A Larger U.S. Consulate General Has Opened in Tijuana, Near the Otay Mesa Border Crossing, to Act as a Facilitator Between the Two Governments 
After 47 years of long lines of visa applicants, the U.S. government has moved its Consulate General  in Tijuana  across town with more than 100,000 square feet of space in the main building, intended to offer both greater efficiency and tighter security at a time when the consulate’s role has grown increasingly complex. On Monday, offices opened in the consulate , a $120 million gated compound near the Otay Mesa border crossing.
“We’re not a traditional consulate that you might have thought of ten or 20 years ago,” said Steven Kashkett, the consul general, a 53-year-old career diplomat who oversees a staff of 50 Americans and 100 Mexicans operating out of the Tijuana facility. “We are now basically a mini-embassy representing the U.S. government in this part of Mexico.”
Issuing visas and providing services to American citizens abroad are the stock-and-trade of consular offices worldwide. However, Kashkett said much of the work at the Tijuana consulate near the Otay Mesa border crossing involves reporting on regional counternarcotics efforts, as well as U.S government affairs, both political and economic on the border. The consulate, he said, “is much more of a facilitator between the two governments than it was in the past.”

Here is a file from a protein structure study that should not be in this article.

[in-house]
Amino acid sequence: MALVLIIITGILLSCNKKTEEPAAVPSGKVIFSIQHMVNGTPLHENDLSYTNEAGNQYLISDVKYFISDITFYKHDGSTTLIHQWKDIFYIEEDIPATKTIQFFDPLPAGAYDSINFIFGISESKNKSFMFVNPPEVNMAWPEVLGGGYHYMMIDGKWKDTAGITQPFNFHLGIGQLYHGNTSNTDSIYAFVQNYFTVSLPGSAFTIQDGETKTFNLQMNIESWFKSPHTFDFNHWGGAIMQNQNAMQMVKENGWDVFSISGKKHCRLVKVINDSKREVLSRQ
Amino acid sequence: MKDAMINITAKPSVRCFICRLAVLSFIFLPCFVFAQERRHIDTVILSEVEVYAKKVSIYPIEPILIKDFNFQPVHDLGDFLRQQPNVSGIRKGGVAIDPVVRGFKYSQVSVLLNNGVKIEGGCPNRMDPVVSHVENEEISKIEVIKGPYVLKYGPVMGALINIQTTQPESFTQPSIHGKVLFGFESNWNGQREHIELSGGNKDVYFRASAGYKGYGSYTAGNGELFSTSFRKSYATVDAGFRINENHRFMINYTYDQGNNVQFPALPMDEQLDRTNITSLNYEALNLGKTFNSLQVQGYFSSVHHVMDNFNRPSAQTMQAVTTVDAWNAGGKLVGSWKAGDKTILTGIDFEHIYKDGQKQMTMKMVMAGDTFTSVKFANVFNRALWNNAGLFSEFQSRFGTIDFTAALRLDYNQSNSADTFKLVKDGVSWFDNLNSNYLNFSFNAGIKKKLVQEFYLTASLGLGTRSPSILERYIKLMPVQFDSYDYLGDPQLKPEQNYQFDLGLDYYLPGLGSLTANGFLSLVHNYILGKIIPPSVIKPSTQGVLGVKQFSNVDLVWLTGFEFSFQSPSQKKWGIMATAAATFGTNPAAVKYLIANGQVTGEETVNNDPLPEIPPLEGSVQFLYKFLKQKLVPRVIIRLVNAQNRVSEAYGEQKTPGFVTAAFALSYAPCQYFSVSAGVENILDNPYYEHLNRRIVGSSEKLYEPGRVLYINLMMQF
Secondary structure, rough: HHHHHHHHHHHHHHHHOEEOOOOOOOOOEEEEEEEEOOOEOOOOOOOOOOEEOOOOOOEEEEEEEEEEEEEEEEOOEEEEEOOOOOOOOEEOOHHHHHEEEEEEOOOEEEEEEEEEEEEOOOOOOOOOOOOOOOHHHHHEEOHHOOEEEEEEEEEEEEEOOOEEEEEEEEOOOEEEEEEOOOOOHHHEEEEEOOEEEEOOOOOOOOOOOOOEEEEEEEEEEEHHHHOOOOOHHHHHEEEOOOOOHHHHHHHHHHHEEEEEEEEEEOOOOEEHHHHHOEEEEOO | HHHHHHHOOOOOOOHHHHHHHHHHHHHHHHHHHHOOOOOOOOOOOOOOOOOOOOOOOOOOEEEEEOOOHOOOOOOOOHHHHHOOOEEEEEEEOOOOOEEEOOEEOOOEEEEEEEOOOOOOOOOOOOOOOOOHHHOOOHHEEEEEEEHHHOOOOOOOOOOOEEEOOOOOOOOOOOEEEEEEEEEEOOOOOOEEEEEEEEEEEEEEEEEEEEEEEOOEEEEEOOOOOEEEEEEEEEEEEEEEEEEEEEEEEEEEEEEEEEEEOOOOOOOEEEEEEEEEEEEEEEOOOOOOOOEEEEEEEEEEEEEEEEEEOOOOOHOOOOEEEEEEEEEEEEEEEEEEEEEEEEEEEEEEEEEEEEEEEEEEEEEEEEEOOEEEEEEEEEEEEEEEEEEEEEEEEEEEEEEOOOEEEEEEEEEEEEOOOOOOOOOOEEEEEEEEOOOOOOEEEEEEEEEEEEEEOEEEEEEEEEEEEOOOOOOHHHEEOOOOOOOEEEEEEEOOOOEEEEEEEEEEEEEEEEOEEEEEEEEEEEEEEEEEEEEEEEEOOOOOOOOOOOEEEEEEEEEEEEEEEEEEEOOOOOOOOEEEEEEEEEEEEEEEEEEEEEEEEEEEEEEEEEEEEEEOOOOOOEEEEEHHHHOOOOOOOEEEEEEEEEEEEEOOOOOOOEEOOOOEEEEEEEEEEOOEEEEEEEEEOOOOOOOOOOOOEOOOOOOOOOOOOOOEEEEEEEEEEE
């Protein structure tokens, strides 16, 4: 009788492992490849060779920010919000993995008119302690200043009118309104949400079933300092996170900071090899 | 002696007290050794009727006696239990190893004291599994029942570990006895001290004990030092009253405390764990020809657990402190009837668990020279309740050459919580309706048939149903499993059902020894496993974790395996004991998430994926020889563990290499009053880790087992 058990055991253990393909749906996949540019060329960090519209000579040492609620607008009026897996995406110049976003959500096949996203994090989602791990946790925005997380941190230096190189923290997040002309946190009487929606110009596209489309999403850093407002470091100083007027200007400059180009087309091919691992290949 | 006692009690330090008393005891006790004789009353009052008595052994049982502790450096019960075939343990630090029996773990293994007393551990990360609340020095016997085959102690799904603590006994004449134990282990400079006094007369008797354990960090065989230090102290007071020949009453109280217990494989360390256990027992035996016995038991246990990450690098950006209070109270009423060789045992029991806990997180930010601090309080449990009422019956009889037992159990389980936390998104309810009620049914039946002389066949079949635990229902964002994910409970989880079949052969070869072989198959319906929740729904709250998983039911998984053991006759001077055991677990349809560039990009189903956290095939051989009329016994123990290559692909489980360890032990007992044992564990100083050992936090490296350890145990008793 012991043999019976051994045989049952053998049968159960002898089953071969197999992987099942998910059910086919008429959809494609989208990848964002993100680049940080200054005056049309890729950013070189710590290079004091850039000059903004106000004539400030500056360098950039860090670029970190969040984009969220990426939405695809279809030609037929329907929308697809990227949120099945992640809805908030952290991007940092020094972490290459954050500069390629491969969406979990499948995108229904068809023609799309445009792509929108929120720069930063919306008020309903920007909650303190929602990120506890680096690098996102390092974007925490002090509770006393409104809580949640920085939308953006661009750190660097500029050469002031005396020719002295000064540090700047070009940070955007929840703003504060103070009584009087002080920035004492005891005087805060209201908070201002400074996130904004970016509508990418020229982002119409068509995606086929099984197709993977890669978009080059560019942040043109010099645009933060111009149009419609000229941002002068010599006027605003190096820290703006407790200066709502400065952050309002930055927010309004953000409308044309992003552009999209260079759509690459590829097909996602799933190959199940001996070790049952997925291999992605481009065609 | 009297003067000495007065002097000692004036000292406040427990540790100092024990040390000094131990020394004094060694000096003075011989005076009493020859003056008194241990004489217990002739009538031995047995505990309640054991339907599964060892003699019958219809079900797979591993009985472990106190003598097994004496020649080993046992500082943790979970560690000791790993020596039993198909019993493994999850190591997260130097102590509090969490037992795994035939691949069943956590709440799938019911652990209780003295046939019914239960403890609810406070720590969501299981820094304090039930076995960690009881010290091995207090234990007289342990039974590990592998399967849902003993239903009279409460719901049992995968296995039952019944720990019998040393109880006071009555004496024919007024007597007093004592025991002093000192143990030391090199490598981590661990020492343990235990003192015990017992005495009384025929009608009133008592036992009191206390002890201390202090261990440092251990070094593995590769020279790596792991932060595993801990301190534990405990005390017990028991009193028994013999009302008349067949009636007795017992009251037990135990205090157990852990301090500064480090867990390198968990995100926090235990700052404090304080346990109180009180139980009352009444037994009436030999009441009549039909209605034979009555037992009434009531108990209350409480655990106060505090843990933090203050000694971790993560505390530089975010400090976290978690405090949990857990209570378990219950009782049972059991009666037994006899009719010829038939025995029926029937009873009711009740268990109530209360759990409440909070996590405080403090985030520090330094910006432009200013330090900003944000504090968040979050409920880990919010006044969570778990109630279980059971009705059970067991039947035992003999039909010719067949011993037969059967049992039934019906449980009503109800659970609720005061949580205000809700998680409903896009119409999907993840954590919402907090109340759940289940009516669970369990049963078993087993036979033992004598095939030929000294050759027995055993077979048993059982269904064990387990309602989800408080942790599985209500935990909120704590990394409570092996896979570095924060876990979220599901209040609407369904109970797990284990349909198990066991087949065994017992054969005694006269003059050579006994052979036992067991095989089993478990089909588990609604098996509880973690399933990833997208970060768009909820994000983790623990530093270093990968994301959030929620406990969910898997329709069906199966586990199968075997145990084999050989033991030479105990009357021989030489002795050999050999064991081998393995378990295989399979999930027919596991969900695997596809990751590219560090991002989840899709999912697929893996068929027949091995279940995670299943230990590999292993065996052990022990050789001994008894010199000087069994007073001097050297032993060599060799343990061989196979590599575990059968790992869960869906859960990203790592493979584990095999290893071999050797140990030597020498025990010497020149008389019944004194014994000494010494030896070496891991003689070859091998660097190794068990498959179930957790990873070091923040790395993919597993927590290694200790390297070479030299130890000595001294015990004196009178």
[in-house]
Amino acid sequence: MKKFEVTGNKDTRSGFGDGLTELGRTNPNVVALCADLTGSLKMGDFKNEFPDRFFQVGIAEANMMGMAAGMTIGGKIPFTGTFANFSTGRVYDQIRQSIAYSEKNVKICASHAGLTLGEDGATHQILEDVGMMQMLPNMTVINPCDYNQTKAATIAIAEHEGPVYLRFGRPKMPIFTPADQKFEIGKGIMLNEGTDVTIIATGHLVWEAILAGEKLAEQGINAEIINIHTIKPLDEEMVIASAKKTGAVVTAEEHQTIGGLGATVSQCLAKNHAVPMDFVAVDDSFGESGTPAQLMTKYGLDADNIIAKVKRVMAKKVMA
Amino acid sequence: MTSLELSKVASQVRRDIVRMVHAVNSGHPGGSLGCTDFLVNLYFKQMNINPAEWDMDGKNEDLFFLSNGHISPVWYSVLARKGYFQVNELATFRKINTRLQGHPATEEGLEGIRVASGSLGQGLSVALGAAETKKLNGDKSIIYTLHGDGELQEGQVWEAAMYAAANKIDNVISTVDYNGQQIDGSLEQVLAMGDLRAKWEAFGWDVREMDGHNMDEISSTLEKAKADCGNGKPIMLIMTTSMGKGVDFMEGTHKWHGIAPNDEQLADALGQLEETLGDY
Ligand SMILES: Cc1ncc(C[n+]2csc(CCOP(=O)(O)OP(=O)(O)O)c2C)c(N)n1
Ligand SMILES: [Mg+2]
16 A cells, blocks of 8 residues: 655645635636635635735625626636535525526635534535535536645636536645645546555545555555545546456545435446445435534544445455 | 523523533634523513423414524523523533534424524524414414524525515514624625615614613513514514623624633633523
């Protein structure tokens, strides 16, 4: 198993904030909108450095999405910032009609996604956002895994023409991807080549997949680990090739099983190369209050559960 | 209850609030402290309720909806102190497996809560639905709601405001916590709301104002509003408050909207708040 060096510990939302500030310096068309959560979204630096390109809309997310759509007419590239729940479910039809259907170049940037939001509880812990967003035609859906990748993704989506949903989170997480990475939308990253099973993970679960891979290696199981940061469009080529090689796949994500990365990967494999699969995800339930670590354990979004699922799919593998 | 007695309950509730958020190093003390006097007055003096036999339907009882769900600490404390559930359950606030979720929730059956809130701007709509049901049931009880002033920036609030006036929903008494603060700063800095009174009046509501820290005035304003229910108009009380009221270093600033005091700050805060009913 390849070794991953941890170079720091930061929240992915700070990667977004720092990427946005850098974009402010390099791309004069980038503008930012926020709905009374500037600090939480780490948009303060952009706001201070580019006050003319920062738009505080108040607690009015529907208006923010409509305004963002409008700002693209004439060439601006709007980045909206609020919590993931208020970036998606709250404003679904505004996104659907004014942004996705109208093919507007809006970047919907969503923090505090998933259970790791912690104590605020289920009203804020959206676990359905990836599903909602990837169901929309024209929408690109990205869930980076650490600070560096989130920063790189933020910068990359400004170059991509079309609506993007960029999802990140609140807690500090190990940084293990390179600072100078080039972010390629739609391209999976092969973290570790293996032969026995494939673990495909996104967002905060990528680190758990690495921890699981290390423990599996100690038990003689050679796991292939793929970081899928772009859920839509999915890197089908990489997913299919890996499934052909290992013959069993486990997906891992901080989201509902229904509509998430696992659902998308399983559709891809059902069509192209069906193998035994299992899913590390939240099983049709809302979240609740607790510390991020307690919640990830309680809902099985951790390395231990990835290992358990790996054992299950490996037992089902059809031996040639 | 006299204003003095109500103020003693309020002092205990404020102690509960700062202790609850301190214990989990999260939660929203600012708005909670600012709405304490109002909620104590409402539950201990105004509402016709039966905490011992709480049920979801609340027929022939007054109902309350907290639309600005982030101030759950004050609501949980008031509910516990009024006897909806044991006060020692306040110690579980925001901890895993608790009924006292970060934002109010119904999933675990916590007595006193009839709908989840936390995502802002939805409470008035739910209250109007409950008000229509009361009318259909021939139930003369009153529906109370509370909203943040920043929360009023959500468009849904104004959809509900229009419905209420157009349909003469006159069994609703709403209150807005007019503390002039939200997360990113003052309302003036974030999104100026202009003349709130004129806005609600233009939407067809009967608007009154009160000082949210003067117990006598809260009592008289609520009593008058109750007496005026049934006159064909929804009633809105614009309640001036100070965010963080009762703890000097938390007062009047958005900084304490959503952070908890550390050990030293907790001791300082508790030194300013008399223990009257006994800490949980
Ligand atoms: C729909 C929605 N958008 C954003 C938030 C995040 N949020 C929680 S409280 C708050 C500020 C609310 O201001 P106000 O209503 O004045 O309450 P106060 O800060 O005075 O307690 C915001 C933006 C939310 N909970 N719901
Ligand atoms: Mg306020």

In recent years, more U.S agencies have operated out of the consulate’s office. They now include Immigration and Customs Enforcement, the Drug Enforcement Administration , the Federal Bureau of Investigation , the Bureau of Alcohol Tobacco and Firearms  and the Department of Commerce.
“…In a country like Mexico, where U.S. interests are so multi-faceted, in a city like Tijuana that is such an important element of the national fabric, the consulate assumes a role that a consulate in Lyon, France, might not,” said Jeffrey Davidow , a former U.S. ambassador to Mexico.
The Tijuana consular district oversees U.S. government affairs in Baja California and Baja California Sur, which translates to an estimated 250,000 U.S. citizens, not including the tourists, or U.S. citizens in Mexico for jobs, family, and business.
“We are the highest volume, most complex American citizen services post in the world,” said Kashkett, whose previous posts have included Halifax, Port-au-Prince, Beirut and Jerusalem.